Etihad Engineering seeks partnerships for growth


Like all other maintenance, repair and overhaul organizations, Etihad Engineering (Stand 1110) suffered from the effects of the Covid-19 pandemic, as the uncertainty caused by flight restrictions and widespread blockages made planning difficult. of practically anything. But rather than wait and rely on its cash-rich shareholder, the government of Abu Dhabi, to back it up until the skies reopened, Etihad Engineering quickly realigned its strategy to keep its staff and hangars busy. , explained David Doherty, head of the company. of sales MRO sales.

The aircraft hangars at Etihad Engineering’s 500,000 m² facility cover approximately 66,000 m², including 10,000 m² of aircraft painting facilities and a custom-designed hangar that can accommodate up to three Airbus A380s simultaneously. The company previously maintained Etihad Airways’ fleet of 10 A380s, but all 10 planes remain in long-term storage.

“We took a fresh look at how we could support our customers, deliver value and maintain our revenue streams. The key to it all was to be proactive and flexible, ”Doherty told AIN. “Instead of seeing planes on the ground as a problem, we have helped our customers capitalize on this rare downtime by upgrading their fleets,” he said, noting that while some airlines were delaying maintenance of routine, others advanced it.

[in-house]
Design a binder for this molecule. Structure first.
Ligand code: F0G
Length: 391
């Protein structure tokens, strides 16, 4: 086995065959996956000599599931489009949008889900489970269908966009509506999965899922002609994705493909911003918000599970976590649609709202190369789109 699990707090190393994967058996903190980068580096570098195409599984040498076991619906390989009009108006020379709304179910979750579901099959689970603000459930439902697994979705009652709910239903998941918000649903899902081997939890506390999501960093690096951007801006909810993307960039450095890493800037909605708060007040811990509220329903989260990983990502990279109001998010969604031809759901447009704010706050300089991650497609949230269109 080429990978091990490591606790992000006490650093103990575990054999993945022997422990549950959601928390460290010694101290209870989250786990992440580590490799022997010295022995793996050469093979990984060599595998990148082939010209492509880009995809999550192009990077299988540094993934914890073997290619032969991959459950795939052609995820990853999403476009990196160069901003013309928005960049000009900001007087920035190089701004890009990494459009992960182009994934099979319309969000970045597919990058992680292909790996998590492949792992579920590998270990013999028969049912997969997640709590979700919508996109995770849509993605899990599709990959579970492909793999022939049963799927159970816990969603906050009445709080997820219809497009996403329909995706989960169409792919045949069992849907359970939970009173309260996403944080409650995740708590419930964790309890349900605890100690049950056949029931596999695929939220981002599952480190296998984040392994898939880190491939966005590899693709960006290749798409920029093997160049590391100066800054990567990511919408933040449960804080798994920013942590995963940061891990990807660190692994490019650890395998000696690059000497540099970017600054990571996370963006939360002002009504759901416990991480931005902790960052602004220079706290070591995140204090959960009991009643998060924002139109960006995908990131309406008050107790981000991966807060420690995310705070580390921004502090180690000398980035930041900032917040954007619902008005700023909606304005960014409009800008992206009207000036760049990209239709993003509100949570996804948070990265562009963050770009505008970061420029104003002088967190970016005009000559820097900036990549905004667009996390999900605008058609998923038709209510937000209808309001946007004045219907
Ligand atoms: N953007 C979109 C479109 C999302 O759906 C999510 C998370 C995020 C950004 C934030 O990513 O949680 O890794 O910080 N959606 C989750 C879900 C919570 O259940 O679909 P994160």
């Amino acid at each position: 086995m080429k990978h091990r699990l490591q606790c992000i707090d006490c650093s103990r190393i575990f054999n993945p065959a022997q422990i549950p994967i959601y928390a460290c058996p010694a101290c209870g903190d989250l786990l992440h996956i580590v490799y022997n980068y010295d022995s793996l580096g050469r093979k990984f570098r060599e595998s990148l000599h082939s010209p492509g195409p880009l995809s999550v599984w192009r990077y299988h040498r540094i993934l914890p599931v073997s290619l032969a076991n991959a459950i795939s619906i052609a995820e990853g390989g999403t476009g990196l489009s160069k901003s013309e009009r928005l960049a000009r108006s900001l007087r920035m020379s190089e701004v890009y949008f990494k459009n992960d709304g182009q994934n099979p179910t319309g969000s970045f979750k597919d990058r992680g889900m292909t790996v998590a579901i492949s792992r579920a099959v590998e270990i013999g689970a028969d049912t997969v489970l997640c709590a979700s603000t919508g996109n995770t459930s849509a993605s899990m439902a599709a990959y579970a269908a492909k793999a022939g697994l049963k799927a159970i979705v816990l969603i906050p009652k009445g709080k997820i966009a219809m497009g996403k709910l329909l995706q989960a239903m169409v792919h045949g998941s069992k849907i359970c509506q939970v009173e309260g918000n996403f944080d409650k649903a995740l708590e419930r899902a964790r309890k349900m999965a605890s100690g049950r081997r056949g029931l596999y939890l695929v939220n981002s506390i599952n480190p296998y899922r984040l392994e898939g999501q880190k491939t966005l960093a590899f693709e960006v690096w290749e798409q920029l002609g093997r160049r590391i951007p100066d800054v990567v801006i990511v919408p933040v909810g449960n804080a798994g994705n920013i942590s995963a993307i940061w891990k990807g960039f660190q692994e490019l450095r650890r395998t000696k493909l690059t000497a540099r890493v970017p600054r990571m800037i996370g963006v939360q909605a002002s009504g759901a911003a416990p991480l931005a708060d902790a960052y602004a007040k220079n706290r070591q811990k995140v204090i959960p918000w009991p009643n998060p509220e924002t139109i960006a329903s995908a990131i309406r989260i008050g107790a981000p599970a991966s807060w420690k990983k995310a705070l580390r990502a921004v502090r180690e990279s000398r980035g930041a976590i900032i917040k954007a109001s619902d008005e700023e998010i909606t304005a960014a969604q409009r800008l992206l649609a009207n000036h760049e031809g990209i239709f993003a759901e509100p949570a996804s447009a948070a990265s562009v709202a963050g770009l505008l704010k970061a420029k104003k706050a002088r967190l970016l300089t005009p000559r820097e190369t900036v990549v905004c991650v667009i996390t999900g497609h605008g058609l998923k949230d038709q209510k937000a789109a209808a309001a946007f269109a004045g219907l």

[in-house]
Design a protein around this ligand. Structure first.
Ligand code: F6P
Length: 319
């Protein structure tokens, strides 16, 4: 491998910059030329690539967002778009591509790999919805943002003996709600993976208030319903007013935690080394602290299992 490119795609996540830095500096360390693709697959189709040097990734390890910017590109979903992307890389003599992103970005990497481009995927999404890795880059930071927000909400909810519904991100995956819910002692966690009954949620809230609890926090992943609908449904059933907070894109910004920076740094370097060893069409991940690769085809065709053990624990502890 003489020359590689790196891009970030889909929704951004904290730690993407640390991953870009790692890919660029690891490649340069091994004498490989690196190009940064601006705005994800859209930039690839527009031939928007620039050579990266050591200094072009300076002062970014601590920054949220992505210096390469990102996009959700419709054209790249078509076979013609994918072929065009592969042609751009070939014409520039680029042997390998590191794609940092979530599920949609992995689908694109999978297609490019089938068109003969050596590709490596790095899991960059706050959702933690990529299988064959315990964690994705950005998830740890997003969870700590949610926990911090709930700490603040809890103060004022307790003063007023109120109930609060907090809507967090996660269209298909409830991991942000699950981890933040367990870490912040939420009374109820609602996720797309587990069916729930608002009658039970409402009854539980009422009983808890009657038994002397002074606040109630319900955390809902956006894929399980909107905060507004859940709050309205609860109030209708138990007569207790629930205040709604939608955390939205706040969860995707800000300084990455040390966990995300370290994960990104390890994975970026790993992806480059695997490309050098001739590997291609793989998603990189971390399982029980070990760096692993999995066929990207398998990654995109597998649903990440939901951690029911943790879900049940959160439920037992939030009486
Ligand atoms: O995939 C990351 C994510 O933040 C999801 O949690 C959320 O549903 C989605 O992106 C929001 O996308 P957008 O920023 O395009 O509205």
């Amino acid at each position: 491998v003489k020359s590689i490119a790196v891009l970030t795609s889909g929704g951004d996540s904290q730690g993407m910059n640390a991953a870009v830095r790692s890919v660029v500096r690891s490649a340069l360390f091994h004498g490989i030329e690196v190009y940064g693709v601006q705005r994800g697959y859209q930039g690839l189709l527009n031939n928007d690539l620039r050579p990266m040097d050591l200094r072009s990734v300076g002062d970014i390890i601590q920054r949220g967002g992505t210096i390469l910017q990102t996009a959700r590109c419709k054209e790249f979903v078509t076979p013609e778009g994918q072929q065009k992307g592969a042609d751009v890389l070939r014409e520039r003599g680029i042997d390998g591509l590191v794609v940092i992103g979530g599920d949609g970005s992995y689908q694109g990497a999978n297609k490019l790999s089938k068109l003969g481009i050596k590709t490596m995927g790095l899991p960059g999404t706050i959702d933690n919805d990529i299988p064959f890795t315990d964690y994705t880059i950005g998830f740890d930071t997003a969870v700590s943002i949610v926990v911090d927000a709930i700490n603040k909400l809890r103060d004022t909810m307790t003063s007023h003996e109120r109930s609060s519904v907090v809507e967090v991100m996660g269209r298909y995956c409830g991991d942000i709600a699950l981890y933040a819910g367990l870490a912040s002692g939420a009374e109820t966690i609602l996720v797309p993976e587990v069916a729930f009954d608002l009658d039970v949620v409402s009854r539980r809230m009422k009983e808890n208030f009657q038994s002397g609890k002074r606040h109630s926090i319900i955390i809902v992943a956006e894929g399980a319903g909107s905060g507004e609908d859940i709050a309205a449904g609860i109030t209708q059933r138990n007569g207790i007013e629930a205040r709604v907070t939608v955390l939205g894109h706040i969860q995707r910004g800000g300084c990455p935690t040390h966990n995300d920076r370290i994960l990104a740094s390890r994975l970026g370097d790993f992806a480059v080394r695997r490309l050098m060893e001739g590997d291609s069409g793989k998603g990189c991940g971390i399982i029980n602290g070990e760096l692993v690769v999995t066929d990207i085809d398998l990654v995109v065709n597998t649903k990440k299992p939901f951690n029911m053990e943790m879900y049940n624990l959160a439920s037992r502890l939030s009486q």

Etihad Engineering has adapted its activity to the Covid-19 environment by significantly increasing its long-term aircraft parking capacity. At the height of the coronavirus crisis, planes occupied the majority of parking spaces in its 140,000 m² aircraft parking area adjacent to Abu Dhabi International Airport. For its internal customer, Etihad Airways, the MRO provider performed a complete cabin refresh on all parked passenger planes, including interior details, seat repairs and a full in-flight entertainment system sweep. All planes arriving to park at Etihad Engineering have undergone preservation maintenance to ensure they remain in good working order as per the manufacturer’s guidelines.

In addition, each aircraft arriving at the facility for parking or maintenance undergoes a thorough cleaning process – lasting about four hours for a narrow-body aircraft and eight hours for a larger aircraft – for example. the disinfection team before the start of work.